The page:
16-year-old Gracie Anne Muehlberger and 14-year-old Dominic Blackwell were fatally shot. Two 15-year-old and 14-year-old girls and a 14-year-old male were injured.

In 16 seconds, Berhow emptied the whole magazine of his.45 caliber semi-automatic weapon.

Authorities said that if three off-duty police officers who were dropping off their children at the school at the time had not been there, more people would have perished.

As soon as they heard gunfire, they ran into the building and administered first aid to some of the injured.

According to the website of Flags of Valor, a company that offers thin blue line goods, ‘The Thin Blue Line insignia was created to represent all law enforcement personnel in a manner similar to the Red Cross symbol, which represents all medical workers.’

After the death of George Floyd and the subsequent Black Lives Matter demonstrations and riots over the summer of 2020, it has become contentious. This resulted in several proposals to defund or even disband police departments, with the volatile topic continuing to roil American politics.

Typically, the flag was carried onto the field by 16-year-old Wyatt Hawk. His mother, Lexi, stated to KHTS, “Saying that we insult other people is absurd. Nobody talked about it. It was not a roundtable conversation; consequently, there is no democracy without a discussion.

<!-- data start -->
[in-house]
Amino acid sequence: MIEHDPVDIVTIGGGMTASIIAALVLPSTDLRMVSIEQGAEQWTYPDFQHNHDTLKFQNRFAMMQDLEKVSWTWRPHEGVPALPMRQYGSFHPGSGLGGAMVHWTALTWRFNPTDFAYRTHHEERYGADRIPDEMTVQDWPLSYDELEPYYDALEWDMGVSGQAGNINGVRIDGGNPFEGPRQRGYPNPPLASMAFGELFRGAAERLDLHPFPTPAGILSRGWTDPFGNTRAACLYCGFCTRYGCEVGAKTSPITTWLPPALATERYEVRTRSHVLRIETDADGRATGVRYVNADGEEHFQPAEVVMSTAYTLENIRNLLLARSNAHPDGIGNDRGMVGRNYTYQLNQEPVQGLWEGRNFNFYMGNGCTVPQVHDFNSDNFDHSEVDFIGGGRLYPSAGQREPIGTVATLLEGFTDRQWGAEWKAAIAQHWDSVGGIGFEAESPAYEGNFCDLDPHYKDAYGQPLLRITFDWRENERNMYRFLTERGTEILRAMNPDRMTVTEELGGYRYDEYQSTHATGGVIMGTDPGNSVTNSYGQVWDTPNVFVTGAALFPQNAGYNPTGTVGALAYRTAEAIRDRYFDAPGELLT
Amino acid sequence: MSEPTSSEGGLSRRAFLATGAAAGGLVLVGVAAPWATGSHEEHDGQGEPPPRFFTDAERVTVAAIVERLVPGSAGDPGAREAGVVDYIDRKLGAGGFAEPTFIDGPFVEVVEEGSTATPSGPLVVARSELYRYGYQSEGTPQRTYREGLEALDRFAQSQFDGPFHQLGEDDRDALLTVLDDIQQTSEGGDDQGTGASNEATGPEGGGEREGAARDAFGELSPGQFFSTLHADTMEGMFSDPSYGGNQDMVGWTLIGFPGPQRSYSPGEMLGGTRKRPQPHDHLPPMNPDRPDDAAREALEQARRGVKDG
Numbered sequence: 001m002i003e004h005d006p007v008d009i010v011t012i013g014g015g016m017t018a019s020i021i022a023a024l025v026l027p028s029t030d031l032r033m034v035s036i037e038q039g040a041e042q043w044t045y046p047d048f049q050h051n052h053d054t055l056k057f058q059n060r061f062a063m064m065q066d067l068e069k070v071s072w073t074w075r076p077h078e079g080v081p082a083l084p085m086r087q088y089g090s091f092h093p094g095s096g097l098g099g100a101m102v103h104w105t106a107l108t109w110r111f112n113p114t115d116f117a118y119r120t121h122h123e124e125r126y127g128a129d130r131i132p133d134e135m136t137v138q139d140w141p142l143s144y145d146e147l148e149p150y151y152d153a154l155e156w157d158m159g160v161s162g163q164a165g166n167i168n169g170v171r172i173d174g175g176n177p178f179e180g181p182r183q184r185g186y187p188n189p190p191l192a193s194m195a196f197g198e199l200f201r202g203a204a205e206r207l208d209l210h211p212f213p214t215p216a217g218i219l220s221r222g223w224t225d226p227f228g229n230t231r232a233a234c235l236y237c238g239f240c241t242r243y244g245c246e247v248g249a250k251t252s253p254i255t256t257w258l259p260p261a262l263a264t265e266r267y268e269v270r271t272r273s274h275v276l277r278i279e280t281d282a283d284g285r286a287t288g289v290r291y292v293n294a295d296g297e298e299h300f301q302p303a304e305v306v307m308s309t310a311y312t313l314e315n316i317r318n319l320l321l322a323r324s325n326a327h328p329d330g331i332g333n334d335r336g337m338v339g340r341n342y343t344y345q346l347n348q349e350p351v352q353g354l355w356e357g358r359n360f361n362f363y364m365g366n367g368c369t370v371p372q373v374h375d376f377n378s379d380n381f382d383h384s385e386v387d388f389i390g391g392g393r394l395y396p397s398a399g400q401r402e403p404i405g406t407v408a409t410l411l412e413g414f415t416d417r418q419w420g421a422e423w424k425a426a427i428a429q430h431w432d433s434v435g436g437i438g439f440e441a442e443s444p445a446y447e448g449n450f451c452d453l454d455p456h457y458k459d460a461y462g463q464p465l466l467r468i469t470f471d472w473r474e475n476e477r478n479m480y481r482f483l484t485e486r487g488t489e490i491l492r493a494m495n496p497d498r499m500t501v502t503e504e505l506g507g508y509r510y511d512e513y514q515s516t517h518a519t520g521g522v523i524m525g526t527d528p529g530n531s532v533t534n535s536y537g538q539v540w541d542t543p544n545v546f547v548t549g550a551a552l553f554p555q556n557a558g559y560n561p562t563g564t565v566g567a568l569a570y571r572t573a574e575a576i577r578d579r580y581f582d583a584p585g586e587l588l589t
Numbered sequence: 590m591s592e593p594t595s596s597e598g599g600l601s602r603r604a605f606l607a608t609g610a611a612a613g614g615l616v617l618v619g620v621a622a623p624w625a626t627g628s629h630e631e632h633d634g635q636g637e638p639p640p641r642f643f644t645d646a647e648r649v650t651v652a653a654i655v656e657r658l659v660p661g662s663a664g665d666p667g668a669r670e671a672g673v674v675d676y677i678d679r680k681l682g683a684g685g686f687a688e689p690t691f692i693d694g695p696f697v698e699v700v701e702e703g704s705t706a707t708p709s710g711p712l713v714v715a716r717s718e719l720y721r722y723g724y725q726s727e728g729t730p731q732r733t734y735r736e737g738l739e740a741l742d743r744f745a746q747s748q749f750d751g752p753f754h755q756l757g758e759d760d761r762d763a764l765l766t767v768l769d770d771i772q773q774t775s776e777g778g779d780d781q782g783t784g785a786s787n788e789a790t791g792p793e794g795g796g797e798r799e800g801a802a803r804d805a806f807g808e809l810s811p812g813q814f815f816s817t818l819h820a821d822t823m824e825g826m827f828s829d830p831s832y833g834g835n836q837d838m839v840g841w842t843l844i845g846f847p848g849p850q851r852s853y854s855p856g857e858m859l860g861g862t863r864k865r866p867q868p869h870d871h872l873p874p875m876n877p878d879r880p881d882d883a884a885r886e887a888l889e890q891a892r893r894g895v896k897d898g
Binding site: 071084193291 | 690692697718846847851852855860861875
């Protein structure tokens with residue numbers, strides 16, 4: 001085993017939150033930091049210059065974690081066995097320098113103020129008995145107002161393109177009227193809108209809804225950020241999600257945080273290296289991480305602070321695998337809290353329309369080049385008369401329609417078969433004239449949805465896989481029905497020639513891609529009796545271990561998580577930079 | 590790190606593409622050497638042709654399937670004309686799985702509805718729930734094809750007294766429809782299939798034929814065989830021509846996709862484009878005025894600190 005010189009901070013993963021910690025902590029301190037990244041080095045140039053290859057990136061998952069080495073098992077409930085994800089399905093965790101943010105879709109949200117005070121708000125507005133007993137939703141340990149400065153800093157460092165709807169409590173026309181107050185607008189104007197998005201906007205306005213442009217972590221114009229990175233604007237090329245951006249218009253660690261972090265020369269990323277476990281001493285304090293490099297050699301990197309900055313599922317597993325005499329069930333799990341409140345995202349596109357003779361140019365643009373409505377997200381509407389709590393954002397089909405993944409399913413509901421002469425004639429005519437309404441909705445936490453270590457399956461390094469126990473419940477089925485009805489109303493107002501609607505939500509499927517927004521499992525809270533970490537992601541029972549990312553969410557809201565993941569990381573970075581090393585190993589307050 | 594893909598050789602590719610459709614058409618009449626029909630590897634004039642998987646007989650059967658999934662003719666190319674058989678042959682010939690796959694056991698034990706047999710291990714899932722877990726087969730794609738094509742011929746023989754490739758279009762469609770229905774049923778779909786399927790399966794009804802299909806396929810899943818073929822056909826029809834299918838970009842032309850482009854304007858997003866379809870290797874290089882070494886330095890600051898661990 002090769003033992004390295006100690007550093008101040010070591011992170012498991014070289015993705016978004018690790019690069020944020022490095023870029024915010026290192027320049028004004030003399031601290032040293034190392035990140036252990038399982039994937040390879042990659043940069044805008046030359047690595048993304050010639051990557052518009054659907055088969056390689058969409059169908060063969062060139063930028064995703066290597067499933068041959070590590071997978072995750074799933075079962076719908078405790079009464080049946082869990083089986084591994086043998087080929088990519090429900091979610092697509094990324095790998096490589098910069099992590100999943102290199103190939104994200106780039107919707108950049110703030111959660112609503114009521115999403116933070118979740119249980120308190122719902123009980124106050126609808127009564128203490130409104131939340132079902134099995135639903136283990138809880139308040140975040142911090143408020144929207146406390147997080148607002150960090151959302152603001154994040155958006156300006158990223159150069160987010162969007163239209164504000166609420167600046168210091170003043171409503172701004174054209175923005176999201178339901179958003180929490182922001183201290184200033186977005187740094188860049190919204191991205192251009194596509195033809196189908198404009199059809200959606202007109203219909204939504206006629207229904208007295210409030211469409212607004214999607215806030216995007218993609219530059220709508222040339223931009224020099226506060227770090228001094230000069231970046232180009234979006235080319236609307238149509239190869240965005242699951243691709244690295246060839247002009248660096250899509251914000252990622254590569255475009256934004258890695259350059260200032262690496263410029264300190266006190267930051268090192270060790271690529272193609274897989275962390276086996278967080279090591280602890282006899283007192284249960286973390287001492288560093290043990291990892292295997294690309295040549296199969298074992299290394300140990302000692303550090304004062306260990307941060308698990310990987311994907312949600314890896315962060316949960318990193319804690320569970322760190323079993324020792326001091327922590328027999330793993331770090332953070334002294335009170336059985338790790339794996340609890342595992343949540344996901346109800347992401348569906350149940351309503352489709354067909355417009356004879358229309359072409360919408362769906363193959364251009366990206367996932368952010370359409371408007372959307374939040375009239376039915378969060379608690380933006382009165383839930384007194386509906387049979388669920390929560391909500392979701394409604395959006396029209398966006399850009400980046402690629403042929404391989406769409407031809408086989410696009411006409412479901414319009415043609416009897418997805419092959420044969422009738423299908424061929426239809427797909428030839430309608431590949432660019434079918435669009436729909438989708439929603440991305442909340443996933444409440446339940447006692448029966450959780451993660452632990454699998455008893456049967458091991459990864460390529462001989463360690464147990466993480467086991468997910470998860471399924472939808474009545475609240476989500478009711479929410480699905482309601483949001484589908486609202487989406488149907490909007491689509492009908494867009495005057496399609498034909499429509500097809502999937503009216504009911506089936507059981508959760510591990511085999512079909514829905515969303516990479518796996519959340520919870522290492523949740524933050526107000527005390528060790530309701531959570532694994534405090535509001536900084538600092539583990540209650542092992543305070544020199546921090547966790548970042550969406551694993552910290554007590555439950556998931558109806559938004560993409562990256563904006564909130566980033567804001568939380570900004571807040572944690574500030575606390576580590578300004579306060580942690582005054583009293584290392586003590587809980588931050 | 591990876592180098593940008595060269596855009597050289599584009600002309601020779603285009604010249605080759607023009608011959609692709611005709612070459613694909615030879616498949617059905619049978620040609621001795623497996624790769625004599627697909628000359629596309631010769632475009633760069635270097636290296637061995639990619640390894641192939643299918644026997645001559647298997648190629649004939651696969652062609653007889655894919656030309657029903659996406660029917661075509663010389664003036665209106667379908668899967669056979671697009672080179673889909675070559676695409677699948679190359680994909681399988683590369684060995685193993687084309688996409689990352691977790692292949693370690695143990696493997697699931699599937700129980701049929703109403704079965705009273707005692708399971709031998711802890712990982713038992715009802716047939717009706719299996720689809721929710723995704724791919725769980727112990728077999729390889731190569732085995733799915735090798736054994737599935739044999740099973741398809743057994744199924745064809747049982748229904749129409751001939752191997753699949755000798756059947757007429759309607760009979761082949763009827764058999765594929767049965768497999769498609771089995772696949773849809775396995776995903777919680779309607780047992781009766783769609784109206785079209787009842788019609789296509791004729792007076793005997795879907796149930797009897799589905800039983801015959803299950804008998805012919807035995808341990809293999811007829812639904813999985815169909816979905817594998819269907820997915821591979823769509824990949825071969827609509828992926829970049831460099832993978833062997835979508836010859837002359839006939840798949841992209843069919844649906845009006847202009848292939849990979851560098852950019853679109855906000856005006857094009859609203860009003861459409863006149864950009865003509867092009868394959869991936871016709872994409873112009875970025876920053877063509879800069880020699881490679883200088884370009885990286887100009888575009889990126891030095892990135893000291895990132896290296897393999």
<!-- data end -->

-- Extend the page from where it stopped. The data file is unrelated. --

Hawk stated that she personally knows law enforcement officials that entered the school on the day of the 2019 shooting.

Jessica Suarez, an additional police supporter, told the station, “I believe it’s very important for the Saugus Football seniors who were on campus on the day of the (Saugus High School) shooting in 2019.” Her husband works in law enforcement, she noted.

Suarez continued, ‘They’re prohibiting it because they consider it to be a symbol of the Blue Lives Matter Movement.

It was appropriated by extremists who used the sign in a negative light… This narrow blue line does not mean much to us.

The Los Angeles Daily News reported that many in the audience wore T-shirts reading, “THE BLUE HAD OUR BACKS, NOW WE HAVE YOURS.”

The newspaper was told by retired police officer Todd Cataldi, whose son plays on the team, that ‘These kids went through a lot as freshmen with the school shooting, and there are several kids on the team whose parents work in law enforcement and are first responders and want to show their support for them.’

A Black Lives Matter supporter who attended the game and tweeted about his experience stated that he was there to oppose “bootlickers.”

Ryan, the demonstrator, originally intended to protest from the bleachers, but changed his mind when he witnessed the groundswell of support.

He wrote, “I felt it would be safer to wait outside and protest at the entrance.”